Friday Facts - More About Colossians

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Since we've been looking at the book of Colossians, I wanted to share some more about the history and circumstances around the writing of this letter by Paul. I always enjoying knowing more of the background and what was going on during the time when an event took place. So, here's hoping that you do, too! :) Have a great weekend!



The city of Colossae was about 12 miles nort of Laodicea and near the road from Ephesus to the Euphrates River. Being this close to the Euphrates made it of some mercantile importance. Today, this site is where we find Anatolia, a region in Western Asia. It makes up the majority of the Republic of Turkey. It is surrounded by the Black Sea to the north, the Caucasus (the region between Europe, Asia. and the Middle East) to the northeast, the Iranian plateau to the southeast, the Mediterranean Sea to the south, and the Aegean Sea to the west.

It was hit by an earthquake sometime around when Paul wrote to the Colossians (it is thought in the same year) and the city declined from there. Today the city lies buried under an unexcavated hill.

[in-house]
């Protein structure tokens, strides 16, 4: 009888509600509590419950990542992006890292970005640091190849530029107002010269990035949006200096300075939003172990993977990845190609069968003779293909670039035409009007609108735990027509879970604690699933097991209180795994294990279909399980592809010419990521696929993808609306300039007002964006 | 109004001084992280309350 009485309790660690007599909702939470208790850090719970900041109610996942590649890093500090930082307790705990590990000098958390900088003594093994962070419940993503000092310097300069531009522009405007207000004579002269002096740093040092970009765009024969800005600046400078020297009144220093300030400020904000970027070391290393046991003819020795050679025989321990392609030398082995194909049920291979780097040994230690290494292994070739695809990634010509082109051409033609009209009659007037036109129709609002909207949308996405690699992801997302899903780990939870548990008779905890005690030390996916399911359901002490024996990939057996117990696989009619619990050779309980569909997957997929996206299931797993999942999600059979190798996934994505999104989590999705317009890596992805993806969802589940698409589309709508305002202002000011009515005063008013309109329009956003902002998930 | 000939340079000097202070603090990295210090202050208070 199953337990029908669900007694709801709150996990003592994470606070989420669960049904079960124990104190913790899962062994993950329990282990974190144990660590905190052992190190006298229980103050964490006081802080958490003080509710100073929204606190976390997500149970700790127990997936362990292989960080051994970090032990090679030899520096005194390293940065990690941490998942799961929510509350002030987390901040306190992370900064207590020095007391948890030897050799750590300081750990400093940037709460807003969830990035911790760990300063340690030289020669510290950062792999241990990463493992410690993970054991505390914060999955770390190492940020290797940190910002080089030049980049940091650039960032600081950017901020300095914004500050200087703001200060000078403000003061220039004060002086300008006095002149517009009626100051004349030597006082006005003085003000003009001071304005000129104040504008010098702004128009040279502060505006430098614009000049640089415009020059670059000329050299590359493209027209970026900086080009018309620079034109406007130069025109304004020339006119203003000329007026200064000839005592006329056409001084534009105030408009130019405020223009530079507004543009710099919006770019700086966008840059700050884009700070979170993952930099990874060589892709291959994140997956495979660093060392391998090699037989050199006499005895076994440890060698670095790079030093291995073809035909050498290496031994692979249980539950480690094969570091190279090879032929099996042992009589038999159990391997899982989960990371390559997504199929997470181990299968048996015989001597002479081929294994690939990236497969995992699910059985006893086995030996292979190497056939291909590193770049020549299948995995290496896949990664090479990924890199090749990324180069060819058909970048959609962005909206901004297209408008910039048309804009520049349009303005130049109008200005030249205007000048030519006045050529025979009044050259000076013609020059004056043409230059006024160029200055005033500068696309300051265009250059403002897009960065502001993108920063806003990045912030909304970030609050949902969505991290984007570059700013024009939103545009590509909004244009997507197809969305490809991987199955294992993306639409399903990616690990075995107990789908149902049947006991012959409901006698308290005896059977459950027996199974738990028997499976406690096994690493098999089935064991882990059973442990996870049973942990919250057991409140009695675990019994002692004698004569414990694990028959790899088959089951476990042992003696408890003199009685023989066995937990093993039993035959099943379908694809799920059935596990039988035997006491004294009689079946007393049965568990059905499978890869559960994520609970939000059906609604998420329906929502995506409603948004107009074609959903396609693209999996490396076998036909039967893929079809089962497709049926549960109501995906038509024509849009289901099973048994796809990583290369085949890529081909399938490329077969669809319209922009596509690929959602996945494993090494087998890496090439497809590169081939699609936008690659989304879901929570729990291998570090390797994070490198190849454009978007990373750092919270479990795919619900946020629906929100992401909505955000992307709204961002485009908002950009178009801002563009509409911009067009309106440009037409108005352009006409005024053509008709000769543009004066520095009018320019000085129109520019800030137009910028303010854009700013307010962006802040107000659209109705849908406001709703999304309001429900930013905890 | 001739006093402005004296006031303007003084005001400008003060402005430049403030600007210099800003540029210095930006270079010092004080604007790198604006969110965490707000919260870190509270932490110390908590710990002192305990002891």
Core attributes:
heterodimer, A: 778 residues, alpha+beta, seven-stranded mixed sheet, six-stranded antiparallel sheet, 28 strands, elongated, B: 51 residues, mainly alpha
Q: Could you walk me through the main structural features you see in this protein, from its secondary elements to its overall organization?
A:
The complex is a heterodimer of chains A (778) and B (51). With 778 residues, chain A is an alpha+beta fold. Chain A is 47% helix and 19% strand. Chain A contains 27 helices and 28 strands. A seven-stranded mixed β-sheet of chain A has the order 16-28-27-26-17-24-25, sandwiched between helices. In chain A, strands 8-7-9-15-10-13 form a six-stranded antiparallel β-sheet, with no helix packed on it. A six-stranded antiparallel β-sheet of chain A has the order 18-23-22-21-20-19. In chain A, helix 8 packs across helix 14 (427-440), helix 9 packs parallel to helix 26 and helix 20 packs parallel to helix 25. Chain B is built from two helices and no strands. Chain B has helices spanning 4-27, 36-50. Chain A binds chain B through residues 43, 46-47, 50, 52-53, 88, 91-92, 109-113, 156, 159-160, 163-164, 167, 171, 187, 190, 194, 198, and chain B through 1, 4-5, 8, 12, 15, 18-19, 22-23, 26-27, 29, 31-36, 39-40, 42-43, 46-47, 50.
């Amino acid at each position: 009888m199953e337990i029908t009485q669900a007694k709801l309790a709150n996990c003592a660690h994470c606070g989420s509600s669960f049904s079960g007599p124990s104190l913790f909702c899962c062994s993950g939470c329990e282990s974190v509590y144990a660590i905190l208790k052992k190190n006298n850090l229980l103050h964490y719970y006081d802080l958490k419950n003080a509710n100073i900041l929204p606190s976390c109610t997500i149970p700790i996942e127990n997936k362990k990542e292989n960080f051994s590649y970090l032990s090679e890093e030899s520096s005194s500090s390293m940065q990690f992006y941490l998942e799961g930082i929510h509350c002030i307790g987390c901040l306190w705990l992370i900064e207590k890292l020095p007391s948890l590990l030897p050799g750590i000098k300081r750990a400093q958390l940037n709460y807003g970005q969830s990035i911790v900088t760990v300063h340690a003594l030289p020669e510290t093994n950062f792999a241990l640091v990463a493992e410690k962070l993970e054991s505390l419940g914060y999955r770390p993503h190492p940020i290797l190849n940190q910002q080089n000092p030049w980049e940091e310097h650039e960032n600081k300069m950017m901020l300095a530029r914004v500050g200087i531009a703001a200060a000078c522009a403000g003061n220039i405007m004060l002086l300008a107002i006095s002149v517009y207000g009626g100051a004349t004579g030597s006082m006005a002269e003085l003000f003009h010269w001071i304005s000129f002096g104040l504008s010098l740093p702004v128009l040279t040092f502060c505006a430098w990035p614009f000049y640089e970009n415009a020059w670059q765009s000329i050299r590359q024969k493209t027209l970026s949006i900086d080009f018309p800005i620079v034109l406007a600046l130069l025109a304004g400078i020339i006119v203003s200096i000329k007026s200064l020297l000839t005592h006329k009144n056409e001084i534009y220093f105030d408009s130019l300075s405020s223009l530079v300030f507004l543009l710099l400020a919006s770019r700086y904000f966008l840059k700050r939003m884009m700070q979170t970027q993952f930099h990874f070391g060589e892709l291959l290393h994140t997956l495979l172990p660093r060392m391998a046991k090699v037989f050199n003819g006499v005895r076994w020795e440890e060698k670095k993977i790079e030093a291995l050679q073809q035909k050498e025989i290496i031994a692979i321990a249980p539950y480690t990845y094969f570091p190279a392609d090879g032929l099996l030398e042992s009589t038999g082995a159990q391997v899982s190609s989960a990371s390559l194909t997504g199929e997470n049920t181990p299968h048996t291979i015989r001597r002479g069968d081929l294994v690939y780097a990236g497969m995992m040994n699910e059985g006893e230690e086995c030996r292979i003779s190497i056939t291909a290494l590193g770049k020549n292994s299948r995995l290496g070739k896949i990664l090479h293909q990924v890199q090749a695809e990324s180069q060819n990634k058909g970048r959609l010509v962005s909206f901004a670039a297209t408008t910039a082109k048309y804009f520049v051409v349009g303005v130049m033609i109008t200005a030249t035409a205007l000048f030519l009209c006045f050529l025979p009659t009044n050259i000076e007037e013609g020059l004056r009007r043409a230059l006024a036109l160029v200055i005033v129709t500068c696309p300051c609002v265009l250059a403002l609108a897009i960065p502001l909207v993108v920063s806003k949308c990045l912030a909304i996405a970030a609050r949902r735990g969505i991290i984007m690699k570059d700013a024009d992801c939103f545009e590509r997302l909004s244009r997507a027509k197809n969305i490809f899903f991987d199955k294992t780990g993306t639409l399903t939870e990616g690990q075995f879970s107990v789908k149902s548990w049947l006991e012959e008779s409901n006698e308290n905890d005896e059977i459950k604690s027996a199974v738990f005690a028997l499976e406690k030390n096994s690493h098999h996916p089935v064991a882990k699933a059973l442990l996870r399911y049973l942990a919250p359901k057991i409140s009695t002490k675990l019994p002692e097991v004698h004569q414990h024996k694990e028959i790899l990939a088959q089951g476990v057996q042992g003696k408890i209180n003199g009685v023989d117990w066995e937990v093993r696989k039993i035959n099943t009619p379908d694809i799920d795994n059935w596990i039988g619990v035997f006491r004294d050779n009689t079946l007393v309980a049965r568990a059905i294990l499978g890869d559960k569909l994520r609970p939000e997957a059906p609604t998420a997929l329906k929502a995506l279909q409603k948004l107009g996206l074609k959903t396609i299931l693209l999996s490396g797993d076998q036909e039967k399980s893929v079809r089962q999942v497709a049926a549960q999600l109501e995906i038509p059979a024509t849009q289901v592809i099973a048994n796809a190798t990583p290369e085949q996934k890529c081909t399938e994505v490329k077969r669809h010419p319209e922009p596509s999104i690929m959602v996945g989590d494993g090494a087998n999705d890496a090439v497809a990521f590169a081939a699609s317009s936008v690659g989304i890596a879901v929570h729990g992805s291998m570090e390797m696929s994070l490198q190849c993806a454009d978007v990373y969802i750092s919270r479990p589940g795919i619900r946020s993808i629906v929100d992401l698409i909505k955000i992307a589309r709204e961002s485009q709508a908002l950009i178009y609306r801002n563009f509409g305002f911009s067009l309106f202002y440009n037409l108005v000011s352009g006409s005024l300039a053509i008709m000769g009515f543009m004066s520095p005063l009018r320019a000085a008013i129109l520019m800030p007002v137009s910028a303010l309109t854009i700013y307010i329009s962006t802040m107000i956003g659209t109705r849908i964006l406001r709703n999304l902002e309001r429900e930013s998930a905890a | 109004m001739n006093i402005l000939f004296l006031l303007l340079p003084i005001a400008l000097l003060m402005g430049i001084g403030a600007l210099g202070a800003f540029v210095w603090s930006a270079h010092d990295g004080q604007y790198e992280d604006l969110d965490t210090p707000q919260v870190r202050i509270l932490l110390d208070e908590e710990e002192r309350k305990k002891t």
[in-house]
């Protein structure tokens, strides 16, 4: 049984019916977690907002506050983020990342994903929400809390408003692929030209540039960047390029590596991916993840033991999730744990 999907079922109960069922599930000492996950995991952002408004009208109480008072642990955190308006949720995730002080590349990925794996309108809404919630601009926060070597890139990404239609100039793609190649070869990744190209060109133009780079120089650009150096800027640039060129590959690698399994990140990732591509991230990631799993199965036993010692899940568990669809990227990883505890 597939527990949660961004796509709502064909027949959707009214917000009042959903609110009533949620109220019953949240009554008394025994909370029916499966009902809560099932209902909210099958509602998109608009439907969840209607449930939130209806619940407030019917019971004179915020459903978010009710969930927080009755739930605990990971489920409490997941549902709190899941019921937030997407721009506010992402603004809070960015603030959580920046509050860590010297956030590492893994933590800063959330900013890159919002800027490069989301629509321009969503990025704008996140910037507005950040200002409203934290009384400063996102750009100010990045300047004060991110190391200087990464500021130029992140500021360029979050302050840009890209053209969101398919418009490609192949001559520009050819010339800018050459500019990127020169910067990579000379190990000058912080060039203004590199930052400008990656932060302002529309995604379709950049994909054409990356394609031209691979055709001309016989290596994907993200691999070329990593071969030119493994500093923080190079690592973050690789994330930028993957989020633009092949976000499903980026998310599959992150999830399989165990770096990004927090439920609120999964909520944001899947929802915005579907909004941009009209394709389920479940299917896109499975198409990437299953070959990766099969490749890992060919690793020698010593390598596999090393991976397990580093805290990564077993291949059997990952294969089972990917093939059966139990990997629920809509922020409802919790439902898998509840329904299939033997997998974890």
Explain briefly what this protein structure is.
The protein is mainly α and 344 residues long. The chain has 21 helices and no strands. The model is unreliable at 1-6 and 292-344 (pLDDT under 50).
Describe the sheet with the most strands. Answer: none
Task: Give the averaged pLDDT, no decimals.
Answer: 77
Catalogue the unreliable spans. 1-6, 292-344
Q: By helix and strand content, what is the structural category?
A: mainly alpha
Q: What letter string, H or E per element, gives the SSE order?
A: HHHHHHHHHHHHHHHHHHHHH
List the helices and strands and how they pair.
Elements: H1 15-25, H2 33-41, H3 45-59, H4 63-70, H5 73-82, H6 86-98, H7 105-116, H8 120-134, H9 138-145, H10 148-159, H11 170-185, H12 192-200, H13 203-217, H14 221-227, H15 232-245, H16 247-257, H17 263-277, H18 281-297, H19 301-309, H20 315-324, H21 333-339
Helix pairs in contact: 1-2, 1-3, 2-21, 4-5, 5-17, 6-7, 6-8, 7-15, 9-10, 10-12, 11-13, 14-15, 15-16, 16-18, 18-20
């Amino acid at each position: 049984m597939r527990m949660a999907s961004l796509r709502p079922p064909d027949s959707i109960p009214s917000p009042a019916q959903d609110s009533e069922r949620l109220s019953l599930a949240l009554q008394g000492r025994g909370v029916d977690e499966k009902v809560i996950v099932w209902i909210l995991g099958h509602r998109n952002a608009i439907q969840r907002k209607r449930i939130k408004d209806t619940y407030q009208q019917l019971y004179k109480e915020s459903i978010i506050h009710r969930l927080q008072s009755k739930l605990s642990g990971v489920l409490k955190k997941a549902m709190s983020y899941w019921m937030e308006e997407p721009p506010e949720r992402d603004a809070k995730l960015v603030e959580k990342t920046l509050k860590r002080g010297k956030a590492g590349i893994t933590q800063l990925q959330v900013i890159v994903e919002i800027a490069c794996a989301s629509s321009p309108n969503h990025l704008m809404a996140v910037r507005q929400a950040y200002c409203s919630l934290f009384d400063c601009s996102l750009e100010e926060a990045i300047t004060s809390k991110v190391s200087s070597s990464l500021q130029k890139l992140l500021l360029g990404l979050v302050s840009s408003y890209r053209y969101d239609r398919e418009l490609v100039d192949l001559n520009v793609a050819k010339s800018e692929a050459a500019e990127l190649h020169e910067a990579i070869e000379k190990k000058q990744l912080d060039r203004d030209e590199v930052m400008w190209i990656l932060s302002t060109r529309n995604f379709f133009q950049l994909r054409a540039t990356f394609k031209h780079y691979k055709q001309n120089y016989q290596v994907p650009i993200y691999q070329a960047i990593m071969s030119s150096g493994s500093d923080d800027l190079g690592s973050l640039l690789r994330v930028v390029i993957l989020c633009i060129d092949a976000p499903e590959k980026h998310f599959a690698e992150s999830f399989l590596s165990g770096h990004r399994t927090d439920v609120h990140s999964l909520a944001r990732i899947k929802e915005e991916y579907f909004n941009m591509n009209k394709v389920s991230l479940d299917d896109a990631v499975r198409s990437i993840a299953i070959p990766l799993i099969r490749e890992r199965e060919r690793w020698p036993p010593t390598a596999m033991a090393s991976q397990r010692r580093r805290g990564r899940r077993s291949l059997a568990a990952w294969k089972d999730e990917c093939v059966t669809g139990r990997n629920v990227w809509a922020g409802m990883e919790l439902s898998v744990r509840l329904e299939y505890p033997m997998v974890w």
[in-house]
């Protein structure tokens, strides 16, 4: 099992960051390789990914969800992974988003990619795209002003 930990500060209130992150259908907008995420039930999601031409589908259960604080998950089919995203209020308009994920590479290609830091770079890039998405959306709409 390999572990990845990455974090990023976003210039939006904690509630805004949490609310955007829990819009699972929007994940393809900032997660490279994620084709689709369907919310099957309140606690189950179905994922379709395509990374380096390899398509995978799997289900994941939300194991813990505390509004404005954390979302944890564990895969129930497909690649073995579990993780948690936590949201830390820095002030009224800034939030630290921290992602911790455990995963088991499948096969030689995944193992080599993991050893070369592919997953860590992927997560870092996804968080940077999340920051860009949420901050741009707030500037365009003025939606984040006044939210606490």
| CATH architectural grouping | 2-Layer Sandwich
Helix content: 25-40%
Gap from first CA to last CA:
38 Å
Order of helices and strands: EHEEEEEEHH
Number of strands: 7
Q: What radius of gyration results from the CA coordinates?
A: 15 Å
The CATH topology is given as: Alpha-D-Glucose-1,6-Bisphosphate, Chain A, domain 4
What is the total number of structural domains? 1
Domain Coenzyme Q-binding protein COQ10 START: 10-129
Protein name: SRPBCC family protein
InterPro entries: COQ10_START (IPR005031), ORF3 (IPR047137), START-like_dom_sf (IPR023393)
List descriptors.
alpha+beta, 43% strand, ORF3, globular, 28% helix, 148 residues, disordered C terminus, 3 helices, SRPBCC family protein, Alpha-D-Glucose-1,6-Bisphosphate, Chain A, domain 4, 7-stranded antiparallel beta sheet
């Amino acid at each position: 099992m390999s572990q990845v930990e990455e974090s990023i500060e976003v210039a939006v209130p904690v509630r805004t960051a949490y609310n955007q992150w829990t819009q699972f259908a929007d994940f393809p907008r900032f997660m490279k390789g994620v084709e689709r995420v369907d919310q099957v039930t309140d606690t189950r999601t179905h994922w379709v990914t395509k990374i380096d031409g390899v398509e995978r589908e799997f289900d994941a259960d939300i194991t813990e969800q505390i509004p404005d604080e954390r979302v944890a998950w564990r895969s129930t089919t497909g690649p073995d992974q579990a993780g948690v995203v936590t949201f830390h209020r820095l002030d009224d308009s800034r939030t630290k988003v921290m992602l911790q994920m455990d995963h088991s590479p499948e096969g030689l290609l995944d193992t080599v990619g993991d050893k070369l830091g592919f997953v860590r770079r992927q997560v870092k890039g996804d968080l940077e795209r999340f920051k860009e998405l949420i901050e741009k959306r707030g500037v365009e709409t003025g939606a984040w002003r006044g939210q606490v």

Colossians was written during Paul's first imprisonment in Rome; probably around the spring of A.D. 57. It wasn't too long after he had written the letter to the Ephesians.

Paul wrote this letter to the Colossians in an effort to counteract false teachings that were being taught. There were persons that attempted to combine the doctrines of Oriental mysticism and asceticism with Christianity. This promised a higher spiritual life and deeper insight into the world of spirits. In Paul's letter to the Colossians, he argues against these teachings and shows them that Jesus brings them ALL these things.

There are two parts to Colossians -- a doctrinal part and a practical part.

The doctrinal part is made up of the first two chpaters with the main theme being a warning against being drawn from Christ. He asked if they were truly united in Christ, why did they need more?

The practical part of Colossians (chapters 3-4) reminds them to focus on things above and to remove from themselves all things of which are evil.


The letter was taken to the Colossians by a man named Tychicus. This man accompanied Paul on part of his journey from Macedonia to Jerusalem, as well as spending some time with Paul in Rome. Tychicus also delivered the letters Paul wrote to the Ephesians and to Philemon.



1 Thoughts Shared:

Alicia, The Snowflake said...

I do love the history behind the books. My son and I have been studying ancient history for a while now. It is very fascinating. Thanks for sharing! Hope you've had a great weekend!